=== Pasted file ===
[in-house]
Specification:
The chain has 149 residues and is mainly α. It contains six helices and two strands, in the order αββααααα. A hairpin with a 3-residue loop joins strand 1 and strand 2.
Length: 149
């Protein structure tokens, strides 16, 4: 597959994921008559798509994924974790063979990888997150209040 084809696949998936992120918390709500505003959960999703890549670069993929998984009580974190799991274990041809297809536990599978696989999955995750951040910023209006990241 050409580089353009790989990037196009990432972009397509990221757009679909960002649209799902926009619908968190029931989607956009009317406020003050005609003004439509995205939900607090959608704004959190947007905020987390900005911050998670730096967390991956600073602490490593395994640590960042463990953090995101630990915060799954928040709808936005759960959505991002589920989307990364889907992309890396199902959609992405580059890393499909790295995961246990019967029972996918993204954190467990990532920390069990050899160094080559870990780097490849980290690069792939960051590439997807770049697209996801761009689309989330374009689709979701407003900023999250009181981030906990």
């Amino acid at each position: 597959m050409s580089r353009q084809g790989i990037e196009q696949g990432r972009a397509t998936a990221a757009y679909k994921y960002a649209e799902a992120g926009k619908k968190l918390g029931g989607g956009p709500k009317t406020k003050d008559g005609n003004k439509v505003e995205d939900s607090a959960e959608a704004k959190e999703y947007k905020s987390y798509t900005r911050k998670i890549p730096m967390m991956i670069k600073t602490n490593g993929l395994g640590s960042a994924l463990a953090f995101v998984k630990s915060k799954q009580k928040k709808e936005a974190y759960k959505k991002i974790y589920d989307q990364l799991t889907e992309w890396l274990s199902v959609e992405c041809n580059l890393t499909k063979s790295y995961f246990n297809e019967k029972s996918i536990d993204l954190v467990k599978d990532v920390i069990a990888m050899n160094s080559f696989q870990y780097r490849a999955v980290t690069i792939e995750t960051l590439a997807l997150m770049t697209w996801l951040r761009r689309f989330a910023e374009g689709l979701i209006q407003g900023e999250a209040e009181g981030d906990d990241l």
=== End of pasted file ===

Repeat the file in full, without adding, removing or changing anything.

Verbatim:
[in-house]
Specification:
The chain has 149 residues and is mainly α. It contains six helices and two strands, in the order αββααααα. A hairpin with a 3-residue loop joins strand 1 and strand 2.
Length: 149
């Protein structure tokens, strides 16, 4: 597959994921008559798509994924974790063979990888997150209040 084809696949998936992120918390709500505003959960999703890549670069993929998984009580974190799991274990041809297809536990599978696989999955995750951040910023209006990241 050409580089353009790989990037196009990432972009397509990221757009679909960002649209799902926009619908968190029931989607956009009317406020003050005609003004439509995205939900607090959608704004959190947007905020987390900005911050998670730096967390991956600073602490490593395994640590960042463990953090995101630990915060799954928040709808936005759960959505991002589920989307990364889907992309890396199902959609992405580059890393499909790295995961246990019967029972996918993204954190467990990532920390069990050899160094080559870990780097490849980290690069792939960051590439997807770049697209996801761009689309989330374009689709979701407003900023999250009181981030906990």
């Amino acid at each position: 597959m050409s580089r353009q084809g790989i990037e196009q696949g990432r972009a397509t998936a990221a757009y679909k994921y960002a649209e799902a992120g926009k619908k968190l918390g029931g989607g956009p709500k009317t406020k003050d008559g005609n003004k439509v505003e995205d939900s607090a959960e959608a704004k959190e999703y947007k905020s987390y798509t900005r911050k998670i890549p730096m967390m991956i670069k600073t602490n490593g993929l395994g640590s960042a994924l463990a953090f995101v998984k630990s915060k799954q009580k928040k709808e936005a974190y759960k959505k991002i974790y589920d989307q990364l799991t889907e992309w890396l274990s199902v959609e992405c041809n580059l890393t499909k063979s790295y995961f246990n297809e019967k029972s996918i536990d993204l954190v467990k599978d990532v920390i069990a990888m050899n160094s080559f696989q870990y780097r490849a999955v980290t690069i792939e995750t960051l590439a997807l997150m770049t697209w996801l951040r761009r689309f989330a910023e374009g689709l979701i209006q407003g900023e999250a209040e009181g981030d906990d990241l």